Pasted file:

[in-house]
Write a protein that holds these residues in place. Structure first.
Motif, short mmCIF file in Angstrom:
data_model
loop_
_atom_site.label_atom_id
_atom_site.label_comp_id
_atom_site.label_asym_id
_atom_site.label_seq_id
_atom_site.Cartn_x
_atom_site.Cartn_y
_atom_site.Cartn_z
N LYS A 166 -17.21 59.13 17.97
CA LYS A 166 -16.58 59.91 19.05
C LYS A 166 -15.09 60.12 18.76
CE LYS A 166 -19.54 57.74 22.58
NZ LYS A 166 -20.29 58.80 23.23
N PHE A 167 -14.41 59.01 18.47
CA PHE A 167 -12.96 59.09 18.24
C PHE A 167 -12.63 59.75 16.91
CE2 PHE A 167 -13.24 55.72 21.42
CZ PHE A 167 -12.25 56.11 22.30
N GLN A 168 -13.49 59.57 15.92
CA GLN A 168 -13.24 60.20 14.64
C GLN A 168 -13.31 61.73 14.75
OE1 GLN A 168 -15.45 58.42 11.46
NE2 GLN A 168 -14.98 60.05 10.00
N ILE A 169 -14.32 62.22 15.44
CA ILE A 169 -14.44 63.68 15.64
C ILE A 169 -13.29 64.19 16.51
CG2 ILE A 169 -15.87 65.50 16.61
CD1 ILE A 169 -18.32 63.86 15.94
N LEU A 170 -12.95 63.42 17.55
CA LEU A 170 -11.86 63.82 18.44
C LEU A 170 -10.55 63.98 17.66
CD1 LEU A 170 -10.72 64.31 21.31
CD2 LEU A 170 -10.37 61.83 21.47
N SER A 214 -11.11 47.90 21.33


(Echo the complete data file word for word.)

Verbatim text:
[in-house]
Write a protein that holds these residues in place. Structure first.
Motif, short mmCIF file in Angstrom:
data_model
loop_
_atom_site.label_atom_id
_atom_site.label_comp_id
_atom_site.label_asym_id
_atom_site.label_seq_id
_atom_site.Cartn_x
_atom_site.Cartn_y
_atom_site.Cartn_z
N LYS A 166 -17.21 59.13 17.97
CA LYS A 166 -16.58 59.91 19.05
C LYS A 166 -15.09 60.12 18.76
CE LYS A 166 -19.54 57.74 22.58
NZ LYS A 166 -20.29 58.80 23.23
N PHE A 167 -14.41 59.01 18.47
CA PHE A 167 -12.96 59.09 18.24
C PHE A 167 -12.63 59.75 16.91
CE2 PHE A 167 -13.24 55.72 21.42
CZ PHE A 167 -12.25 56.11 22.30
N GLN A 168 -13.49 59.57 15.92
CA GLN A 168 -13.24 60.20 14.64
C GLN A 168 -13.31 61.73 14.75
OE1 GLN A 168 -15.45 58.42 11.46
NE2 GLN A 168 -14.98 60.05 10.00
N ILE A 169 -14.32 62.22 15.44
CA ILE A 169 -14.44 63.68 15.64
C ILE A 169 -13.29 64.19 16.51
CG2 ILE A 169 -15.87 65.50 16.61
CD1 ILE A 169 -18.32 63.86 15.94
N LEU A 170 -12.95 63.42 17.55
CA LEU A 170 -11.86 63.82 18.44
C LEU A 170 -10.55 63.98 17.66
CD1 LEU A 170 -10.72 64.31 21.31
CD2 LEU A 170 -10.37 61.83 21.47
N SER A 214 -11.11 47.90 21.33